We underestimate how significantly our values are influenced by our environment. It is crucial that you find a community that looks like the future you want. If you want to grow your business, join a chamber of commerce or online business group. If you want to improve your marathon time, train with more competitive runners.
Social media give great accessibility to likeminded people. Perform an audit of the people you spend most time with. Do these people share your values?
7. Don’t Be a Savior
“The desire to save others is ego-driven. Don’t let your own needs shape your response.”
Don’t let your ego lead you to think you’re responsible for everyone else’s problems in life. It’s easy (and unnecessary) to get frustrated when people don’t take your advice. Remember that values are unique to each person. So refrain from fixing problems and offering advice unless you truly understand the issue.
Think of someone drowning; you wouldn’t attempt to save them if you cannot swim. Instead, you’d call for a lifeguard. Likewise, lend an ear if you have the time and offer advice if you have the skill. Otherwise, you’ll drown along with the person you’re not equipped to help.
8. Accept That Life Will Never be Perfect
“It’s a mistake to think that when we read a book, attend a class, and implement changes that we’ll fix everything. The externals will never be perfect, and the goal isn’t perfection. Life is not going to go your way.”
The end goal is not a life without problems. Living a life of peace and purpose means having a clear picture of your identity and values. So, when life swerves, you are not thrown off course because you have a solid foundation. If you’ve made a commitment to be kind and someone is rude to you, you’ll know how to react and respond, and you’ll return to your values.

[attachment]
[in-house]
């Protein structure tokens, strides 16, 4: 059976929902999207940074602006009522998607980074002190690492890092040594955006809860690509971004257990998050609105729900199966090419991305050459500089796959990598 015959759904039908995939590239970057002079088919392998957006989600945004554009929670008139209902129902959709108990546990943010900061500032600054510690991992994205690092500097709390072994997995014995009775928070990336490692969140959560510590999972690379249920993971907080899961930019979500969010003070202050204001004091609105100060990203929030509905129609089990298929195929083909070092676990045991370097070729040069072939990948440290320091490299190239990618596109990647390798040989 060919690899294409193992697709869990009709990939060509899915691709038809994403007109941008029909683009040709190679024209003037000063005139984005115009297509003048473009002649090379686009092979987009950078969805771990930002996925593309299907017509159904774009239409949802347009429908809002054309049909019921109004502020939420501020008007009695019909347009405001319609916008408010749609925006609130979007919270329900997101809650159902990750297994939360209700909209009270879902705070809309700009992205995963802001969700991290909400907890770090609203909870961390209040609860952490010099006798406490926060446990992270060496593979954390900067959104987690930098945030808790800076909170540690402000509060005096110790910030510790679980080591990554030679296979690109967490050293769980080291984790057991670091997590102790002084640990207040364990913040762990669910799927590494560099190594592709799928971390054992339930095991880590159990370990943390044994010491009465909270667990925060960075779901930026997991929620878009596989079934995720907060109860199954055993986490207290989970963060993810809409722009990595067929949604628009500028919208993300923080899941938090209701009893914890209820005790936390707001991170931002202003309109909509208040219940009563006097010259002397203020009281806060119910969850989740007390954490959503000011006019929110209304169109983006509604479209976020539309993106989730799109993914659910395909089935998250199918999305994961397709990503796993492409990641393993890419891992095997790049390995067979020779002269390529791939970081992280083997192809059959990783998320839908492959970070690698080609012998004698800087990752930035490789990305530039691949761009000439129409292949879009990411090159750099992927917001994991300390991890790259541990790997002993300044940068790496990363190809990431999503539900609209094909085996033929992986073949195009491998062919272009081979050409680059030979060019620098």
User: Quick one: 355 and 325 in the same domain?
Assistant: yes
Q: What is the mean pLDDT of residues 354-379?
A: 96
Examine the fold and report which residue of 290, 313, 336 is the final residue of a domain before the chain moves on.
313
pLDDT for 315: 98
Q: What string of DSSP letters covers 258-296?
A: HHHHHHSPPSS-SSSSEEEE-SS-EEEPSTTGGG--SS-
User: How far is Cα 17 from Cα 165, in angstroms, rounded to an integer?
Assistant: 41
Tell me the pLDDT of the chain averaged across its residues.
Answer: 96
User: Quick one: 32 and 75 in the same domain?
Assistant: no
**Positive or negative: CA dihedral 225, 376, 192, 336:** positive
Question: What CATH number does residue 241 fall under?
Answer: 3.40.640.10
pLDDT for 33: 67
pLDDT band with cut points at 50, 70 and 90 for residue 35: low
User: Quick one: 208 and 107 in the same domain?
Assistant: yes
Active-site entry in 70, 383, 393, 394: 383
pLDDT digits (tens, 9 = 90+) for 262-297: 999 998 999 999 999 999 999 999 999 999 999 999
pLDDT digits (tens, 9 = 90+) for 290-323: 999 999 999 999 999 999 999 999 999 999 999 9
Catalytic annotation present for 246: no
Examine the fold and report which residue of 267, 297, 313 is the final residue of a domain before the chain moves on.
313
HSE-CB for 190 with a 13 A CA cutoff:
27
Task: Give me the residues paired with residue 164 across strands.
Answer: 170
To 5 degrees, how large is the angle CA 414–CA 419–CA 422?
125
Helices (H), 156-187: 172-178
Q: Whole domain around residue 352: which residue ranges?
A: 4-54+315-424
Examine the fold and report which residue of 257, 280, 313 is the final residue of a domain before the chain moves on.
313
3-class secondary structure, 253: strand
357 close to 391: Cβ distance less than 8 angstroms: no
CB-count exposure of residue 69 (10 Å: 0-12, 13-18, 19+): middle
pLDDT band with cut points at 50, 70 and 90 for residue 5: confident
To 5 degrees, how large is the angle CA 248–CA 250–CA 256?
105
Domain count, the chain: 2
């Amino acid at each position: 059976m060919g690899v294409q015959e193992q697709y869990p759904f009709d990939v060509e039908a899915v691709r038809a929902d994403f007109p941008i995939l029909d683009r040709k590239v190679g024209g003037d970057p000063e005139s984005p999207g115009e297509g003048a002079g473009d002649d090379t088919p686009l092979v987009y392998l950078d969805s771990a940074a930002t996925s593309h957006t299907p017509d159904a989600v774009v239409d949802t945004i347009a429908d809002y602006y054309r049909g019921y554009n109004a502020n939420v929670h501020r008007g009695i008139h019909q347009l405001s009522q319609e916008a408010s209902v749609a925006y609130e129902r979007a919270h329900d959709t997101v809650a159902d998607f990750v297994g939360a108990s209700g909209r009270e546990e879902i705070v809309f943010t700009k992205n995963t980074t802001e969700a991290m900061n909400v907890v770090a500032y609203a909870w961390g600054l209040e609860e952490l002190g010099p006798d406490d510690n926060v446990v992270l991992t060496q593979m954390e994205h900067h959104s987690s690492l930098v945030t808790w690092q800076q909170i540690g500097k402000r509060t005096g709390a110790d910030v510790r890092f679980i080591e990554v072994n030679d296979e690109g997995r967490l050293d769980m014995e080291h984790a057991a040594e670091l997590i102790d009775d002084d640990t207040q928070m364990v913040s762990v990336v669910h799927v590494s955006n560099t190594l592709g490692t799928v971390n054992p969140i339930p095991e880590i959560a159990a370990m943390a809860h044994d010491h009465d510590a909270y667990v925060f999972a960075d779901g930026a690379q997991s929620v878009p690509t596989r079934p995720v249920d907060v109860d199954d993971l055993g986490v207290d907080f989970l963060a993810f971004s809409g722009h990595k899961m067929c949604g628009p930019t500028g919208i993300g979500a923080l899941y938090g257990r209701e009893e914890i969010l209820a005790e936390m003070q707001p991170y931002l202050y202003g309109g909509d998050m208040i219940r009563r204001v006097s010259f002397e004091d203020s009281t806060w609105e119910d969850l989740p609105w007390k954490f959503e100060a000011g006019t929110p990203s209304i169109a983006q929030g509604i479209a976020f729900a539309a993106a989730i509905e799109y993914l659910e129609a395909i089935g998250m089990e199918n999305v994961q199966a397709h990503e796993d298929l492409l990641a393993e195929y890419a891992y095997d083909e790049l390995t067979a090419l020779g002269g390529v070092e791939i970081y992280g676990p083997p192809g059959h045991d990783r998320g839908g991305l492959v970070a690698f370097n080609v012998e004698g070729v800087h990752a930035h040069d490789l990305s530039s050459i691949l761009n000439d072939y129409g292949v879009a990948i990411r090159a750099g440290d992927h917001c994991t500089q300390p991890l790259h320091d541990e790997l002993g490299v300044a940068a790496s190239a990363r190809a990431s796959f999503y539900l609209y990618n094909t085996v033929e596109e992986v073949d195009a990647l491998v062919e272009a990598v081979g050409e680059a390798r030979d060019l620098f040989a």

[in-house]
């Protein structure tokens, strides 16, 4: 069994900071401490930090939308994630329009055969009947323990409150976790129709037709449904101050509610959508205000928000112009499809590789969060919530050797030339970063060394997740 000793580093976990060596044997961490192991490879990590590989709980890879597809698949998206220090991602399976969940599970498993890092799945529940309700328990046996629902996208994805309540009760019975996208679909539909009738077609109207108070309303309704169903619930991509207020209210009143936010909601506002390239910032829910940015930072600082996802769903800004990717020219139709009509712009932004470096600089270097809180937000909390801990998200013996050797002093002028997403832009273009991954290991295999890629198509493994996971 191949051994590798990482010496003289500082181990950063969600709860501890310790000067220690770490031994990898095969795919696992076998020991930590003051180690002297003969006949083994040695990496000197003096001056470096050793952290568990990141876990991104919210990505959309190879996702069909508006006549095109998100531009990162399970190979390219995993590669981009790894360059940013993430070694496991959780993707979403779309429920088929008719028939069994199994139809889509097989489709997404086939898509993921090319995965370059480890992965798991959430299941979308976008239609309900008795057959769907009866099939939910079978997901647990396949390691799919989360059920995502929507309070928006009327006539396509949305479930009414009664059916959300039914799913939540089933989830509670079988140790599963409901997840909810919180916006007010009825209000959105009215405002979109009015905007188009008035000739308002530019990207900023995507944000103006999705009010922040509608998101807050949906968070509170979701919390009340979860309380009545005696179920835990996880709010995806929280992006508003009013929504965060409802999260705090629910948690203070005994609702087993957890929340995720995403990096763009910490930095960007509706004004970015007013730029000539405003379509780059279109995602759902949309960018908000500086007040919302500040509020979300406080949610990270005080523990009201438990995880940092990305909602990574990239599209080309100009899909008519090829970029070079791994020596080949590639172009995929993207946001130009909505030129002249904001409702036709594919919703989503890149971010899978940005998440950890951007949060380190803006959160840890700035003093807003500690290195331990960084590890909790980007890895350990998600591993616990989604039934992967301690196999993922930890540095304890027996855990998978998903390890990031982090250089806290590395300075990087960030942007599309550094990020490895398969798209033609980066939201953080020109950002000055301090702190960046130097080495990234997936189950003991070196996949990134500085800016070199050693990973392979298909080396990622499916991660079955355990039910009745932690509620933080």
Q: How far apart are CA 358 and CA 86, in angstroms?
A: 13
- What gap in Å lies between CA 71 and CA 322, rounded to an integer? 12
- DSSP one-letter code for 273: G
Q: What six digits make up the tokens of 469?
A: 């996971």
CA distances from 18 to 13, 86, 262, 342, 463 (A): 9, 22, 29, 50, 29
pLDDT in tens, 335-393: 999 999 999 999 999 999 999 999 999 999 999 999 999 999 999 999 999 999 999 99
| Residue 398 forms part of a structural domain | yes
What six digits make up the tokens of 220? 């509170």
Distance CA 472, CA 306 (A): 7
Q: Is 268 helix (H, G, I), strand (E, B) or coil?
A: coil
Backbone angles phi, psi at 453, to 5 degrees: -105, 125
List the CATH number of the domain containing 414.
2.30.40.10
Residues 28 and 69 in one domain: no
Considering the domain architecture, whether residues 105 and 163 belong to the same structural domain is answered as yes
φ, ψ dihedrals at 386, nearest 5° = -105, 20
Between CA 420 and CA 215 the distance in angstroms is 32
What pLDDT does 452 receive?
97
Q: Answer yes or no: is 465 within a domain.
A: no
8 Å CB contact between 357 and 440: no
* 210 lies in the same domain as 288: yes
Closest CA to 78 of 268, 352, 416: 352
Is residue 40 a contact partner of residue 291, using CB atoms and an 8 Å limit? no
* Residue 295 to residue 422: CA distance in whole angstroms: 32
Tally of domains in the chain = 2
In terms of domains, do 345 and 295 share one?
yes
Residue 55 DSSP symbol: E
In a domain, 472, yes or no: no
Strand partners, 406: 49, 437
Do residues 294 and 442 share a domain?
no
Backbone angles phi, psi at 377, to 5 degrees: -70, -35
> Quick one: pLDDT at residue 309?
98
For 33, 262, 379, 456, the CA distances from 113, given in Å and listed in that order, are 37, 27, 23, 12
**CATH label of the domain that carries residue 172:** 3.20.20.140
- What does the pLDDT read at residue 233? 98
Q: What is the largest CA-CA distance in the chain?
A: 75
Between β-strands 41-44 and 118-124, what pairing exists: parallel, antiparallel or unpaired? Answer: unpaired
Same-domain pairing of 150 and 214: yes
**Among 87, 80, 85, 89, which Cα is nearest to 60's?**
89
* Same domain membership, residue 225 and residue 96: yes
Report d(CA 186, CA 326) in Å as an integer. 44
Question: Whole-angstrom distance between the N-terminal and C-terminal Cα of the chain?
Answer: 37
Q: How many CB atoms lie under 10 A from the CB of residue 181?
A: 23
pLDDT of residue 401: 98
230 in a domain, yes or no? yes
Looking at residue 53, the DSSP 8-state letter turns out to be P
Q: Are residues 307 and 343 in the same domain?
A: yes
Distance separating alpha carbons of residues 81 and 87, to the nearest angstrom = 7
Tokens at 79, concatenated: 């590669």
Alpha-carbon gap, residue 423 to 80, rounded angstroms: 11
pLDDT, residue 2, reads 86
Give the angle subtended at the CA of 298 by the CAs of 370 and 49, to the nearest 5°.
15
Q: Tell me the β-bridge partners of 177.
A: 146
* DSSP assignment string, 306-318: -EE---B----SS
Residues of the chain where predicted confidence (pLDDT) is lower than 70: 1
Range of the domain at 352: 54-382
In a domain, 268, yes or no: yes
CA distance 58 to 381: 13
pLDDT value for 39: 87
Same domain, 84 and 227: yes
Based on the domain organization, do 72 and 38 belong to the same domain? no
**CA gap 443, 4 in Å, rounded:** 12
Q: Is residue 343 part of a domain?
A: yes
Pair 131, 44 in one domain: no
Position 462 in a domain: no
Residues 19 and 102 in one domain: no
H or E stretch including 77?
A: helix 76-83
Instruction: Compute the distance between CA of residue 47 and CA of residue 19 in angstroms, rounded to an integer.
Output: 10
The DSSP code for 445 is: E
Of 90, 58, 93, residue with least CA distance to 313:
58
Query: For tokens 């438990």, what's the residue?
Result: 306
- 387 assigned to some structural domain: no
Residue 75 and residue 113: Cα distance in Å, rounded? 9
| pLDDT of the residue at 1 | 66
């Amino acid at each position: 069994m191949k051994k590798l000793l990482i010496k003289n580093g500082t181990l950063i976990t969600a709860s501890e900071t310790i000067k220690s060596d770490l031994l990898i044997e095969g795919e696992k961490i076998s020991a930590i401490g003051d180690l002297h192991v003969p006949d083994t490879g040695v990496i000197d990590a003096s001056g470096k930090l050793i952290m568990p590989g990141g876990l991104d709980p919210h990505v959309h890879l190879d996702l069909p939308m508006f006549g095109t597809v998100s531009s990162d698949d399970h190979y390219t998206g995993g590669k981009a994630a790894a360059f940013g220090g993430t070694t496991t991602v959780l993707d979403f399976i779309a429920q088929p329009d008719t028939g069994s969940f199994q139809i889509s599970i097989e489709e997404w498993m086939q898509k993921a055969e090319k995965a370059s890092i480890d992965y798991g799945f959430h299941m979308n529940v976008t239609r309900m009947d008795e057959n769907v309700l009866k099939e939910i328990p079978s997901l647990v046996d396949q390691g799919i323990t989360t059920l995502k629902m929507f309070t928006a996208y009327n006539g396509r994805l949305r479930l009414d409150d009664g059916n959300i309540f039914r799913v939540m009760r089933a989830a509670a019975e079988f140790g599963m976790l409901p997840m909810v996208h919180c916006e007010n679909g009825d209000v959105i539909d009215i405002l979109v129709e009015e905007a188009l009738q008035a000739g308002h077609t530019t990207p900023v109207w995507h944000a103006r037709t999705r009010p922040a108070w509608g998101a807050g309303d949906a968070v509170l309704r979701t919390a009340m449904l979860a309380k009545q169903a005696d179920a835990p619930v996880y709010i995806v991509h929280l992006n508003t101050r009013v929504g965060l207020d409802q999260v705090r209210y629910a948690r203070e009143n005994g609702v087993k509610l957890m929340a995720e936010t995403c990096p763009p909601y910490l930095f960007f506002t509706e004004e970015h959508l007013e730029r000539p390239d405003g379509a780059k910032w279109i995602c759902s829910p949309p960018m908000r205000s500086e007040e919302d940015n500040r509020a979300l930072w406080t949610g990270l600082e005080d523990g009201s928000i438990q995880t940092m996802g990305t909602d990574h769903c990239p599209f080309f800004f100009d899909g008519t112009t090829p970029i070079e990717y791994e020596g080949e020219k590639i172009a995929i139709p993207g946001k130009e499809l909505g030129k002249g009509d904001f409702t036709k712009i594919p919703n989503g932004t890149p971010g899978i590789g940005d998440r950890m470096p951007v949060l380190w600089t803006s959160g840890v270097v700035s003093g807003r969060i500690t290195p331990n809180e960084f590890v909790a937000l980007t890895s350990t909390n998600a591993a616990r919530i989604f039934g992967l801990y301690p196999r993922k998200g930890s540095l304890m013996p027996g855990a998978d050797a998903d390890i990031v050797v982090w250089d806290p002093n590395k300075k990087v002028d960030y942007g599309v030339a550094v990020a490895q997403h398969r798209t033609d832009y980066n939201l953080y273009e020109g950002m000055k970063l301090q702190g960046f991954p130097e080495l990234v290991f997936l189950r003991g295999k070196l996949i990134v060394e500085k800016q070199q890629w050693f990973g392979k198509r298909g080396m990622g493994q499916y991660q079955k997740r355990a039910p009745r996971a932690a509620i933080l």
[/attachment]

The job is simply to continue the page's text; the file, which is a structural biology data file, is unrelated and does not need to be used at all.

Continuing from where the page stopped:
Trust the process, and don’t judge yourself when things aren’t “perfect.”
9. There are No Rules
“In The Karate Kid, Mr. Miyagi says, ‘Never trust a spiritual leader who cannot dance.’ When we dance, there are no rules. We must be open to whatever song comes on.”
Although we live in a binary world, we must not be blind to the beauty of paradox. Two opposing ideas can coexist—we confront fear in order to move away from it; we look for the new in old routines; we need to be selfish to be selfless.
Life is a dance. And like a dancer, the monk mind is flexible and controlled. You might fall or hesitate over your next move, but you must keep flowing, allowing yourself to be messy and beautiful, always present in the moment.
10. Take Joy in the Success of Others
“Mudita is the principle of taking sympathetic or unselfish joy in the good fortune of others. If I only find joy in my own successes, I’m limiting my joy. But if I can take pleasure in the successes of my friends and family—ten, twenty, fifty people!—I get to experience fifty times the happiness and joy. Who doesn’t want that?”
Too often, our immediate response to hearing others celebrate is envy. But rather than living in competition with others, when we celebrate the success of others the same way we celebrate our own, we multiply the experience of joy.
Make mudita a cornerstone practice in life.
11. Reflect on Death
“Ultimately, death can be seen as the greatest reflection point—by imagining the last moment, you can reflect on everything that leads up to it.”
Imagining your own death gives you a bird’s-eye view of your life. If you find yourself questioning whether or not to do something—a significant change, learn a new skill, move to a new city, reflecting on death can give you the sobering clarity you need.
During these “death meditations,” Jay recommends asking yourself these five questions:
- What do I wish I’d done?
- What experiences do I wish I’d had?
- What do I regret not giving more attention to?
- What skills do I wish I’d worked on?
- What do I wish I’d detached from?
Finally, imagine how you’d like to be remembered at your own funeral. Think of the impact you’ve had.
Then, how you would be remembered if you died today. What’s the gap between these two images? This should galvanize you bridge that gap and build your legacy.
12. Stop Tracking Progress
“There is no measure of success, no goal, and no end to a mediation practice. Don’t look for results. Just keep doing it. . . . The first sign that you’re doing it right is that you’ll miss it if you take a break.”
You have to develop a practice before you know what you’re missing. But too often, we focus on the results, the dopamine rush of achievement. Build your new habits and meditate without trying to measure success. Let it become a natural part of life than a progress report.